If you hedge every minute, you wouldn't realize the full pnl of the larger SD moves but you do capture the full pnl of the smaller intraday moves. Conversely, if you only hedge once per day, you won't realize the full pnl from the smaller intraday moves (like in your example) but you would in return realize the full pnl from the larger SD moves. Infrequent larger gains from larger SD moves balance out against the more frequent missed gains from smaller intraday moves in EV/Avg(PnL). [Sinclair does a great job explaining this in his books, pictures below provided].

At the end of the day, the EV/Avg(PNL) boils down to iv vs rv of stock. If those two are equal, then the EV/PNL will be the same for both traders regardless of hedging frequency. The only difference will be the variance of their PNL as described above.

Food for thought, the below example is just in theory and doesn't exist:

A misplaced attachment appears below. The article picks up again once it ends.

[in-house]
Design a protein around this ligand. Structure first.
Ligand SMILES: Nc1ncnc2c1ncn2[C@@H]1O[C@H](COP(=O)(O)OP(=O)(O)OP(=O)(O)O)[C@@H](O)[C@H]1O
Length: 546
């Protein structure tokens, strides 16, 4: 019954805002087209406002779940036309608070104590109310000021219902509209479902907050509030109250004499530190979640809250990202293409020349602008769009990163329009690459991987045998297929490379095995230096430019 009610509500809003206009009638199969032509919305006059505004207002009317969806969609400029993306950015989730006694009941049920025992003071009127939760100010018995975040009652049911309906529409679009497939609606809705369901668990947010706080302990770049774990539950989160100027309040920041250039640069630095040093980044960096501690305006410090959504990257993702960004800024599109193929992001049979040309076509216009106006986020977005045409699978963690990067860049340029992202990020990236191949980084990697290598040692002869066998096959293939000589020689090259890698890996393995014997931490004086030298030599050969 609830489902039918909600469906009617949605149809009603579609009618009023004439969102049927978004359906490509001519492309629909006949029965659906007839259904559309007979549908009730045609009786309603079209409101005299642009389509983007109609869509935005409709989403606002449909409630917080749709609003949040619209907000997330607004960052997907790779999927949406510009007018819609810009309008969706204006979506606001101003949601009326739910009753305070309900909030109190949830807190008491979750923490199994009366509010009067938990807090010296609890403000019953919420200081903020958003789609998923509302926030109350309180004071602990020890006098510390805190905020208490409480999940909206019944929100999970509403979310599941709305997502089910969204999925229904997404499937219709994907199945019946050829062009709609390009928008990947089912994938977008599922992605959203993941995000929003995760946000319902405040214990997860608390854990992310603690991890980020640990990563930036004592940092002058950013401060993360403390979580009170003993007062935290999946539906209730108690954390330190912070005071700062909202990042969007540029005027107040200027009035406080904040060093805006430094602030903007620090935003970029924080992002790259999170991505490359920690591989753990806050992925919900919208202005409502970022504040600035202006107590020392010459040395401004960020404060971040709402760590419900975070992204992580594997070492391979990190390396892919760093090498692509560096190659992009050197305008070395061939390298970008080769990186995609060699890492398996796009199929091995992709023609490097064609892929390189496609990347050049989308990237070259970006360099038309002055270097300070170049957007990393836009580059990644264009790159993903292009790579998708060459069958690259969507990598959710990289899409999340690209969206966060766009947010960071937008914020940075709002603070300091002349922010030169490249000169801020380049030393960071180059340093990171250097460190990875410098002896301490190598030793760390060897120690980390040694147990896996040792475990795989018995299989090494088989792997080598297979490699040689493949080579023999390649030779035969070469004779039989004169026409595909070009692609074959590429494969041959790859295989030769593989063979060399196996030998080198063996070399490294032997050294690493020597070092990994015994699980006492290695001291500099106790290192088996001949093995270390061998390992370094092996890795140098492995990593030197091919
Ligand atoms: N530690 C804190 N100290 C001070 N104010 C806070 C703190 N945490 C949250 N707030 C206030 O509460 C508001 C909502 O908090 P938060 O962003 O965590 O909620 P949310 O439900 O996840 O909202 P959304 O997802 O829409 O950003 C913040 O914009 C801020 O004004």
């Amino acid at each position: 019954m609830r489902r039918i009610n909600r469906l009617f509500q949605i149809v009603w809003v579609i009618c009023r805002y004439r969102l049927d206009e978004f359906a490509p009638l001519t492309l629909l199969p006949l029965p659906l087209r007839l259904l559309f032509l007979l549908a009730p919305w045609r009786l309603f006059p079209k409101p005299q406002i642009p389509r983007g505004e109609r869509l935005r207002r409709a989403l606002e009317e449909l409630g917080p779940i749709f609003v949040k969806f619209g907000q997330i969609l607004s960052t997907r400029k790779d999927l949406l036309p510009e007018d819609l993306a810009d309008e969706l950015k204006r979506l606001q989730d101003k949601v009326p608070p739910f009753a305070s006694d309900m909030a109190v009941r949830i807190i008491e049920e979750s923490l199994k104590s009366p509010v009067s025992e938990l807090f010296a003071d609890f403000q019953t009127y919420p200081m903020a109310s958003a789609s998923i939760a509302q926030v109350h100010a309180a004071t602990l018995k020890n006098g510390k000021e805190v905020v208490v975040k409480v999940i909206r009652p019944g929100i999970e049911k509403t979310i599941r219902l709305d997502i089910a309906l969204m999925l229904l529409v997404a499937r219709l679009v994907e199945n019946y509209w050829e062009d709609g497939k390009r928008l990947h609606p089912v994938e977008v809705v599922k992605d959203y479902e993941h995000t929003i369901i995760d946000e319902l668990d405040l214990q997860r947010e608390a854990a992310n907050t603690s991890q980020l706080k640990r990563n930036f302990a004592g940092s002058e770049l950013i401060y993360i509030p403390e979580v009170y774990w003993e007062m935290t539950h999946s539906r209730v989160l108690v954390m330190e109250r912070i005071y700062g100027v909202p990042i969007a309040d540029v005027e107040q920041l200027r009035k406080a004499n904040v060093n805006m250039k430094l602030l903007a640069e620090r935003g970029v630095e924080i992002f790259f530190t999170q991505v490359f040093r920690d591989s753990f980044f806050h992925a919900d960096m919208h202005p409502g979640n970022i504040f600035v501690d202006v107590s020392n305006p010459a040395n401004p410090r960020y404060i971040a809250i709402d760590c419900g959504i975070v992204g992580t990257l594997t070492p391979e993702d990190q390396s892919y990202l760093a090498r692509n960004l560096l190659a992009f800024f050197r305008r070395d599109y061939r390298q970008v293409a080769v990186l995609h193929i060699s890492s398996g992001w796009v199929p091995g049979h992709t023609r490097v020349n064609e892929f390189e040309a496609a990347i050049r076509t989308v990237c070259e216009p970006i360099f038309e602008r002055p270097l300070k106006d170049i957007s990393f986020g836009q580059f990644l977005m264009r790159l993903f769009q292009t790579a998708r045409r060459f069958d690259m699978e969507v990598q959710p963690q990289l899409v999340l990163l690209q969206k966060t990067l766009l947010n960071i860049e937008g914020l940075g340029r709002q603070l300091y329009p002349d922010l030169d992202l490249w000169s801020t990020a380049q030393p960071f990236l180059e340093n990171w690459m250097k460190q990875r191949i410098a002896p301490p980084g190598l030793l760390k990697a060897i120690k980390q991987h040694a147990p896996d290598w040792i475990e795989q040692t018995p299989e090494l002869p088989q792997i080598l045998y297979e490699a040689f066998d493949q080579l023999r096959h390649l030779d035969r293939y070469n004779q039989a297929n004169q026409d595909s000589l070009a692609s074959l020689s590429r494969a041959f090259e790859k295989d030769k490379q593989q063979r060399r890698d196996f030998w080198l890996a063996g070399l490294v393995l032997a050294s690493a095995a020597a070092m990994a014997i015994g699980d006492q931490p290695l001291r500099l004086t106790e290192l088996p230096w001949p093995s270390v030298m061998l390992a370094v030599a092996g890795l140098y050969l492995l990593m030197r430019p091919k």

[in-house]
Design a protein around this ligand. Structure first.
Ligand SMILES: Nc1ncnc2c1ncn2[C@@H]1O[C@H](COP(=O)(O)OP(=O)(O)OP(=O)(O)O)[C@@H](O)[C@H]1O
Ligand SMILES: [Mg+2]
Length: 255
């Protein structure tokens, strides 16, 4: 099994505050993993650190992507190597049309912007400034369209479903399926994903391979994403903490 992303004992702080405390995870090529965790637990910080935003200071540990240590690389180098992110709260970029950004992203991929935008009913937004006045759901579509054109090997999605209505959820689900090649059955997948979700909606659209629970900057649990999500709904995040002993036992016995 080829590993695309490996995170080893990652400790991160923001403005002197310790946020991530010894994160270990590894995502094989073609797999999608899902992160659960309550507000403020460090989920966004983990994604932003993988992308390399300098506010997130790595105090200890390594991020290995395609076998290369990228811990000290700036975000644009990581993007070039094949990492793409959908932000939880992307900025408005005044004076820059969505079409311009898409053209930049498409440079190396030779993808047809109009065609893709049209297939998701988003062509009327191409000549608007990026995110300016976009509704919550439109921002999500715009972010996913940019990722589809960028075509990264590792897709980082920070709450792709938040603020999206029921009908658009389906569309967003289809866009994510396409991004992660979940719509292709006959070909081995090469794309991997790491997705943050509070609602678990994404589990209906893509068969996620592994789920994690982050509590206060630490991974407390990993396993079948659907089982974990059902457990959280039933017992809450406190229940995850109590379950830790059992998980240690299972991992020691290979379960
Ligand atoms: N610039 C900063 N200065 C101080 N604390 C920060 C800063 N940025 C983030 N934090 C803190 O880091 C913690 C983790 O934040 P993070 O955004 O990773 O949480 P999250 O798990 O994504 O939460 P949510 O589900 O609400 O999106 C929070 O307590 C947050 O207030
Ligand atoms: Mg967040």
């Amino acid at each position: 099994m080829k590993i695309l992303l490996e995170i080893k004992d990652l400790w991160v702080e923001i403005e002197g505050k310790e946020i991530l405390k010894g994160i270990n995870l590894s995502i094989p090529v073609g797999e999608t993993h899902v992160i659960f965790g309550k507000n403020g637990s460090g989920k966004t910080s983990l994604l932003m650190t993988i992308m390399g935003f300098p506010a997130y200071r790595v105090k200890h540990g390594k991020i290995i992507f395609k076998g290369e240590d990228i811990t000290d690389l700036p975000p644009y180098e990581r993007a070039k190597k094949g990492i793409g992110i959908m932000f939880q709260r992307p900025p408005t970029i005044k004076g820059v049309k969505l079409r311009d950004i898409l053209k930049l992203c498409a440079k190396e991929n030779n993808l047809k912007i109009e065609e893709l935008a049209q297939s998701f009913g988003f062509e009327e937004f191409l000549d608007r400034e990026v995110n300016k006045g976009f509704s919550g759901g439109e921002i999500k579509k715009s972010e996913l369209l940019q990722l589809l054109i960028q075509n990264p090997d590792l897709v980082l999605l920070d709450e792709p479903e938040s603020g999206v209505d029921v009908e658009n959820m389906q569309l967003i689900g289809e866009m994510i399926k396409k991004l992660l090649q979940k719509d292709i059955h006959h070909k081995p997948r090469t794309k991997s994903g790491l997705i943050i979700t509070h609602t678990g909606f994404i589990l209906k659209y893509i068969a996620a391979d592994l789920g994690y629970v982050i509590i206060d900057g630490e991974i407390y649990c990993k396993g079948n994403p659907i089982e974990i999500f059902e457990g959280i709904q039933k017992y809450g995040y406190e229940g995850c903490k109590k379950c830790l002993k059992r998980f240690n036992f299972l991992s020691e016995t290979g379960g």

Now, in the above explanation, we assumed the stock was performing on some constant vol at all moments in time. What if the intraday vol diverges significantly from the daily vol? Ie: As an EXAGGERATION, say you look at some stock and you calculate from the past 10 day closing prices that the stock is performing on a 1 vol. Pretty much closes where it opened each day. You then decide to look closer and measure vol in 30 minute increments rather than by daily closing prices. When you look intraday/30 min increments, you see the stock moves a lot, but based on closing prices performs still on a 1 vol. In this case, when we measure vol in smaller 30 min increments, we can see it is significantly different than vol measured on close to close prices. Both traders buy the straddle on a 1 vol let's say, who do you think would be better off? The person who hedges several times a day or the person who hedges once at the end of the day? In this case, the stock is not performing at some constant vol at all moments in time over the duration of the life of the option and throughout each day, instead we can see the intraday vol is significantly different that the daily close to close vol.